Domestic coal mining giant Shenhua Group and US-based Dow
Chemical Company have signed a cooperation agreement and announced
plans for a feasibility study, bringing the two a step closer to
building a world-class coal-to-chemicals complex in northwest
China's Shaanxi Province.
The project will use "clean coal" technologies that convert coal
to methanol to produce ethylene and propylene, the building blocks
of various plastics and chemical products.
The complex will include a chlor-alkali unit, enabling the
production of caustic soda, vinyl chloride monomer and chlorinated
organics. Other derivatives planned for the complex include
glycols, amines, solvents, surfactants, acrylic acid and propylene
The feasibility study will encompass environmental impact
assessment, water supply, front-end loading engineering design,
market and product mix, logistics and supply chain, and economic
The study is expected to take approximately two years. The two
companies will then compile a project application report and submit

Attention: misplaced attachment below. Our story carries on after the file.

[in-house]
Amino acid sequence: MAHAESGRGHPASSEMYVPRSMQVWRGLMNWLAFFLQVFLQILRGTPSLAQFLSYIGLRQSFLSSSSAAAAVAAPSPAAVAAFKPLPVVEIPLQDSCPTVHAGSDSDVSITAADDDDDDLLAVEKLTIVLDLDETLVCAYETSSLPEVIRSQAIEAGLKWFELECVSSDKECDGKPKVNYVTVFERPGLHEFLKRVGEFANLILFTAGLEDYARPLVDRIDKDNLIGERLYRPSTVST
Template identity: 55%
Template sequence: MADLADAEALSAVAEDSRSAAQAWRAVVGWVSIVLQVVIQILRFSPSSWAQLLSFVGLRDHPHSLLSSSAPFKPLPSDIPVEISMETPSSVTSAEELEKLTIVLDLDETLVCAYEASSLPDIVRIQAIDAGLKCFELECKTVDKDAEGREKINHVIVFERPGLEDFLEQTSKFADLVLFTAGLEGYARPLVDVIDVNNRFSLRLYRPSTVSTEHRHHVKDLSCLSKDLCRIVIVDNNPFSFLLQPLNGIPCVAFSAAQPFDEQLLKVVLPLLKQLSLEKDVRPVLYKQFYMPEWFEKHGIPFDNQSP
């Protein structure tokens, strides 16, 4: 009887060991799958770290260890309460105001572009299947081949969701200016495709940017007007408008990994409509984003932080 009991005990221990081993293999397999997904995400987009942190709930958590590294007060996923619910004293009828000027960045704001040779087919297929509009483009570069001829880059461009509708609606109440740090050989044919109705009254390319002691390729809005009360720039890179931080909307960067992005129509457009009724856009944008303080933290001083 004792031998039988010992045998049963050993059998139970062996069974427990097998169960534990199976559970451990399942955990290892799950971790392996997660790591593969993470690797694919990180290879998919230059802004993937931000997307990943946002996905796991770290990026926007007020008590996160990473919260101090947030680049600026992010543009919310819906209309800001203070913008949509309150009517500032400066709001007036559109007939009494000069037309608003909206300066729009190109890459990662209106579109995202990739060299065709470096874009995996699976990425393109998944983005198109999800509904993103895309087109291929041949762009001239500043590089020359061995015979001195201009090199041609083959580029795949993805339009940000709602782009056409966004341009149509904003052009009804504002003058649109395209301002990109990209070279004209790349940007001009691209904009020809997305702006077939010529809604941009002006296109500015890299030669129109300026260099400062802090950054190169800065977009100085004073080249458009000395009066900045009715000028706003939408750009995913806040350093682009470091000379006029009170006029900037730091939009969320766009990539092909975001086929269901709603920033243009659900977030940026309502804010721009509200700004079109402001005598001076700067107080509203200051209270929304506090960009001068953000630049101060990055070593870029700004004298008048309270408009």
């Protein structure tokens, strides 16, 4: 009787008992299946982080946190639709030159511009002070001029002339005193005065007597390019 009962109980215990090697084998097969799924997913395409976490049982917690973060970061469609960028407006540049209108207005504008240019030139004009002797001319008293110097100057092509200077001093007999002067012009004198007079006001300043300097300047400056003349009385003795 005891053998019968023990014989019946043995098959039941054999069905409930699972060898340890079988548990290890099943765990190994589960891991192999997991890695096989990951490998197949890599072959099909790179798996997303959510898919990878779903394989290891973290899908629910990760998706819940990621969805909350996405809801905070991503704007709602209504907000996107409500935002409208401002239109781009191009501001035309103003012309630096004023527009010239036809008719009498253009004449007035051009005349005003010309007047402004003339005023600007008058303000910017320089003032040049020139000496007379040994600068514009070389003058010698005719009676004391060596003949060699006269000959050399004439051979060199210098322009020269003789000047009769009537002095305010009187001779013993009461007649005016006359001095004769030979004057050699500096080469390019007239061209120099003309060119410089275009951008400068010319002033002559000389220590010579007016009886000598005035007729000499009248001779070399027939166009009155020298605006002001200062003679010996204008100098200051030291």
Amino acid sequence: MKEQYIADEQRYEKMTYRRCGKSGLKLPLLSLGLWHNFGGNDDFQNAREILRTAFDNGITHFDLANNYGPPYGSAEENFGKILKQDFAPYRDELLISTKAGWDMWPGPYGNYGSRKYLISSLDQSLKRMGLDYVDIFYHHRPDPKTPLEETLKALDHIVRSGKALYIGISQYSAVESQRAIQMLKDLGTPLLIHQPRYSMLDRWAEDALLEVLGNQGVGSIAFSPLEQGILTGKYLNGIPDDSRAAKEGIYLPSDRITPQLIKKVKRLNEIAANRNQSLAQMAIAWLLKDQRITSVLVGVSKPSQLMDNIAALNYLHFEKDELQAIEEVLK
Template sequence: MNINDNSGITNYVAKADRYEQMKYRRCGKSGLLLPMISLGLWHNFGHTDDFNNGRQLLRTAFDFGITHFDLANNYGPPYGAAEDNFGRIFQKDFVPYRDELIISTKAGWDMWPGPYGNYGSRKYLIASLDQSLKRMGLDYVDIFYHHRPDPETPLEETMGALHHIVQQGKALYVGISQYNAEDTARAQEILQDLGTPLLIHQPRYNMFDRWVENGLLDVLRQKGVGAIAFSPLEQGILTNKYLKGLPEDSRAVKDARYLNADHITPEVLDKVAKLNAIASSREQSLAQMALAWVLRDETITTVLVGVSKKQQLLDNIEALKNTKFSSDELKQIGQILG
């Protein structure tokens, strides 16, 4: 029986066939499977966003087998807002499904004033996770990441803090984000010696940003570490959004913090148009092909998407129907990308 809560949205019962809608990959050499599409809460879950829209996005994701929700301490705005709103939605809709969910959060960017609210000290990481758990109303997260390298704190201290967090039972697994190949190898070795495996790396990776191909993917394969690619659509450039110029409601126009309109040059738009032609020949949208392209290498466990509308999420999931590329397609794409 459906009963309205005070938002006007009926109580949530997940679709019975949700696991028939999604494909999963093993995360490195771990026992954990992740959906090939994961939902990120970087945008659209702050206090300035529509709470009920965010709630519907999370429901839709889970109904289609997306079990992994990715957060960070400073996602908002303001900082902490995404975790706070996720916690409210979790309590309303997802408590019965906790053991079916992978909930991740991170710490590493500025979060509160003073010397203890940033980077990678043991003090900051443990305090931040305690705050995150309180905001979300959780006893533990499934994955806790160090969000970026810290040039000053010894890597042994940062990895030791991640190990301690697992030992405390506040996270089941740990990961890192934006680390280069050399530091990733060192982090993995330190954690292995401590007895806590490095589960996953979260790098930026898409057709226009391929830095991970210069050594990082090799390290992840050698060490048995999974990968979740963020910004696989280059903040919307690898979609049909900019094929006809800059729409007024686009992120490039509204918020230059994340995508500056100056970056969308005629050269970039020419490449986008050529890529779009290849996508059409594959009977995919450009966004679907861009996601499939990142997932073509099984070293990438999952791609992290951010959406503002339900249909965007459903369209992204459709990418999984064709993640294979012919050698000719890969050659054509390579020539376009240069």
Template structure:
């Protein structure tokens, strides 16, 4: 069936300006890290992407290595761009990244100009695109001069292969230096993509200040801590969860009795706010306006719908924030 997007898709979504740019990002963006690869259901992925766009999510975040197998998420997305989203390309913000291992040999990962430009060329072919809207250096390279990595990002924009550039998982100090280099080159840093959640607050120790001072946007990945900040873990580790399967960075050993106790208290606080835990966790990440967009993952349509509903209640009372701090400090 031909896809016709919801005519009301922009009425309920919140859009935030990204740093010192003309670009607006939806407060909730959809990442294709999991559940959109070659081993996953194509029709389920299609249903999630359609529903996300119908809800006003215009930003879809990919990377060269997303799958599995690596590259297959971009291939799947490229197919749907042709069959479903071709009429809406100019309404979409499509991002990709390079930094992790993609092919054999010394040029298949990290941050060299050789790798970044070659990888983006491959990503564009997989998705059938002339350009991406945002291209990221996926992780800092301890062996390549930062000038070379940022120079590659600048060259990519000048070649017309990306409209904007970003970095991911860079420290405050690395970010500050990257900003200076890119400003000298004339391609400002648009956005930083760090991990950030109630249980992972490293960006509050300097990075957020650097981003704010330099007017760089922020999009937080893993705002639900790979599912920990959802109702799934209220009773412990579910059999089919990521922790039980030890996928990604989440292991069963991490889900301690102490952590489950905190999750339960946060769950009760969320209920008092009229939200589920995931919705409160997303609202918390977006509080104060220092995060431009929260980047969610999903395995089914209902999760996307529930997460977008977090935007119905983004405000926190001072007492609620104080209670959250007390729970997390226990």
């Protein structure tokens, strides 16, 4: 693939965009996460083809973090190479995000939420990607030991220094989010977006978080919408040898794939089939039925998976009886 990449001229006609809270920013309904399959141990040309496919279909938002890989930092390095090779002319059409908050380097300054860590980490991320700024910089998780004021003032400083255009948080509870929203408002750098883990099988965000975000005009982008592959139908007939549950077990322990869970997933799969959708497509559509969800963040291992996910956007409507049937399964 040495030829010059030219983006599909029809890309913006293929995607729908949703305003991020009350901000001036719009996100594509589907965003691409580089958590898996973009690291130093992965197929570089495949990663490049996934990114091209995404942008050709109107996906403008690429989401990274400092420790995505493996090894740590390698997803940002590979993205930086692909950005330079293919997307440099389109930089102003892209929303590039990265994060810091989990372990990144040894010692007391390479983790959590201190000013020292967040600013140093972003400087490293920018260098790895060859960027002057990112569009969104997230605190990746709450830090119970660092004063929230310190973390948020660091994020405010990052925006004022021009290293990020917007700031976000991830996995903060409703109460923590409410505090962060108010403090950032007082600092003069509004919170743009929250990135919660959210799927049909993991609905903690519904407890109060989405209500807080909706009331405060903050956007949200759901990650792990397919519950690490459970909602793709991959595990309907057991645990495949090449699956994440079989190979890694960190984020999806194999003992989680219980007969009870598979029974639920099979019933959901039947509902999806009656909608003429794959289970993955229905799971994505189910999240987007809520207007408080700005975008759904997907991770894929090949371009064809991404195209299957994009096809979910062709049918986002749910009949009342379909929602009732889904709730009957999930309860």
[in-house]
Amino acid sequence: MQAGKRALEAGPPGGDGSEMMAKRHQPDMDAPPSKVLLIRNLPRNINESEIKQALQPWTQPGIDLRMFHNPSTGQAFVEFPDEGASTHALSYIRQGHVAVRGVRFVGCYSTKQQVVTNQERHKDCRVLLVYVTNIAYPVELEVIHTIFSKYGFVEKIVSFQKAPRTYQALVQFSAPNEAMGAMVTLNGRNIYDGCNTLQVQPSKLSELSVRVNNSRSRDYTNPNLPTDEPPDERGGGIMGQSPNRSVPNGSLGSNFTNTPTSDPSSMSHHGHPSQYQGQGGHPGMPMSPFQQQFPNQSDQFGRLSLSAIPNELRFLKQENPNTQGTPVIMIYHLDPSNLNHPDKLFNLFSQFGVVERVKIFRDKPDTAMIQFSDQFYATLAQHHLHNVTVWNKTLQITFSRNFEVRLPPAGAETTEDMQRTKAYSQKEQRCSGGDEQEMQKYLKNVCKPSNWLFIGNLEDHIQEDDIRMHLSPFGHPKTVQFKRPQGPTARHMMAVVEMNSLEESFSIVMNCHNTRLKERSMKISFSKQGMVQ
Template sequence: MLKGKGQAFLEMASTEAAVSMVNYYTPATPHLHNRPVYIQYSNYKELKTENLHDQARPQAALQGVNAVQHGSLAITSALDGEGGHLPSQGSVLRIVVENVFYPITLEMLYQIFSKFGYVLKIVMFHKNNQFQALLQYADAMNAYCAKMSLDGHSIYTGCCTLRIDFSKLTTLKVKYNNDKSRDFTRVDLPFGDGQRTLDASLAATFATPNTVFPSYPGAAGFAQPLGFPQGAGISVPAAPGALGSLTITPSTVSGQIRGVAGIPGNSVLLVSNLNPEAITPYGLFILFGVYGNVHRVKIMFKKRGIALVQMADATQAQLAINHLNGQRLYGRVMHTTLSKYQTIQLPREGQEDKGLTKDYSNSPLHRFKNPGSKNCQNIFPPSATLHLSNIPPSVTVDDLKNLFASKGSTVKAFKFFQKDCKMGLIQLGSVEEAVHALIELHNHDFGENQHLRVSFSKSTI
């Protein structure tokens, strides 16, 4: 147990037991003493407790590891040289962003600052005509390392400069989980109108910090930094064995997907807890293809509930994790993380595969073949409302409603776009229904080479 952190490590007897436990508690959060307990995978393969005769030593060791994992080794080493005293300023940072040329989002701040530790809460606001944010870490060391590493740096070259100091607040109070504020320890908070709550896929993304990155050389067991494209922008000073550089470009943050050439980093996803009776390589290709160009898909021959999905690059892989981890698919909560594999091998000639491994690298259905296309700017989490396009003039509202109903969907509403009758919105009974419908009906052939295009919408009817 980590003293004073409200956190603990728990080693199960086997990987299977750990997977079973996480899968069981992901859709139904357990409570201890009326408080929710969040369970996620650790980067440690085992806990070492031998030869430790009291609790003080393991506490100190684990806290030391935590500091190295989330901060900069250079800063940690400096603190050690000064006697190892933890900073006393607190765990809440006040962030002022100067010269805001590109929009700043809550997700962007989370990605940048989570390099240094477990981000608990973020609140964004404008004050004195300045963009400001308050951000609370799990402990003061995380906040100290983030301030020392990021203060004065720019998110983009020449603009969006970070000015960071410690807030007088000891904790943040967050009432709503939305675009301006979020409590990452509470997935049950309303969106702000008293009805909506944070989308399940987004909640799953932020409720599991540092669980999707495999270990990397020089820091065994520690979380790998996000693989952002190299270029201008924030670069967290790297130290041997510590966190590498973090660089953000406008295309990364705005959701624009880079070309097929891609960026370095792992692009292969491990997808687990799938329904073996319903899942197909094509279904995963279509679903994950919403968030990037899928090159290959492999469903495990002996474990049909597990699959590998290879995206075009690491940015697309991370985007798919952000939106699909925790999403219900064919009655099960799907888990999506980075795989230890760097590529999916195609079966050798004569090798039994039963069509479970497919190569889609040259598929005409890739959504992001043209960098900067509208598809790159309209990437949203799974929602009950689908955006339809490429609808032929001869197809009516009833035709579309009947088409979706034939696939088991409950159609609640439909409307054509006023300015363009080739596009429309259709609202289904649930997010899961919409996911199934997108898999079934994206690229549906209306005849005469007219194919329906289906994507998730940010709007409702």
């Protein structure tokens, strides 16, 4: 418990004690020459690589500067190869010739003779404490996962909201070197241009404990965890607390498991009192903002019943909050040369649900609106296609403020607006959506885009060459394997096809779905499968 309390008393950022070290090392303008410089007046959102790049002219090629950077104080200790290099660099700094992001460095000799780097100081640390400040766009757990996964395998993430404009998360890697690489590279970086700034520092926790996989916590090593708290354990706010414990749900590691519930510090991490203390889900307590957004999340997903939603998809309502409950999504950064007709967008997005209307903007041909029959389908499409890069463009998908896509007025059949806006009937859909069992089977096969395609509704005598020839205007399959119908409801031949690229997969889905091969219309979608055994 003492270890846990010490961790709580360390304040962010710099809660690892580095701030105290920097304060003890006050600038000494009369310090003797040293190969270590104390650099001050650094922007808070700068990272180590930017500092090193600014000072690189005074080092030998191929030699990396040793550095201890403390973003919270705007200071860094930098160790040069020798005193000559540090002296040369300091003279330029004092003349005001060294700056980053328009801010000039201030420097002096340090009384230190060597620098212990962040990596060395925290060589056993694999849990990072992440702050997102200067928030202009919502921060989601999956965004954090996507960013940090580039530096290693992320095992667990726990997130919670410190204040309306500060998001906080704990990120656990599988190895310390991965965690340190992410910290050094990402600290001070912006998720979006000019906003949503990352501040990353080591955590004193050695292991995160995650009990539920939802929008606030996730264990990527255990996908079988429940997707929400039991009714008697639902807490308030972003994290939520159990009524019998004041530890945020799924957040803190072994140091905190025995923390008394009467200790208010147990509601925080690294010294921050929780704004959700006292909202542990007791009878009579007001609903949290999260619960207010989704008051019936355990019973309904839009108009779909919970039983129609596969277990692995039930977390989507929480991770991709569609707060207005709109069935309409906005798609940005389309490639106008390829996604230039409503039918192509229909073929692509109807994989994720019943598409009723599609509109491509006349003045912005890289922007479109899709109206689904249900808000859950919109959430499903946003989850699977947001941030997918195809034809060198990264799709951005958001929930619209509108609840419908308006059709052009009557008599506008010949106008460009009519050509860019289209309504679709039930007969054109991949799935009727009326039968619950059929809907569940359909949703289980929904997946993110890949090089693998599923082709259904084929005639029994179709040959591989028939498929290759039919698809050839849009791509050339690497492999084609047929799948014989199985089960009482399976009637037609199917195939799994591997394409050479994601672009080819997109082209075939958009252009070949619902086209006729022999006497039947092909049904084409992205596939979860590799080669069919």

it for government approval.
"We are delighted to see the project moving to the next phase
with Shenhua," said Andrew Liveris, chairman and CEO of Dow. "This
project aligns with Dow's strategy to invest in growth geographies
like China, and will build Dow's competitive position to serve
customers in Asia with locally produced products and
Chen Biting, chairman of Shenhua Group, said producing oil
substitutes converted from coal is of great significance to China
and the world. "The coal chemical plant will make full use of the
advantages of the two companies. This project will form a
commercially competitive industry, with a positive impact on the
local economic growth."
Dow officials promised that workers and communities in Shaanxi
will benefit from a safe, high-standard production facility as Dow
will bring its advanced know-how in environmental protection,
worker safety and energy efficiency to the joint venture.
The success of this project will provide China a new and viable
way to produce chemical products from its indigenous coal and salt
resources, helping it to reduce its reliance on oil imports and
maintain sustainable growth, said Liveris.
(China Daily May 16, 2007)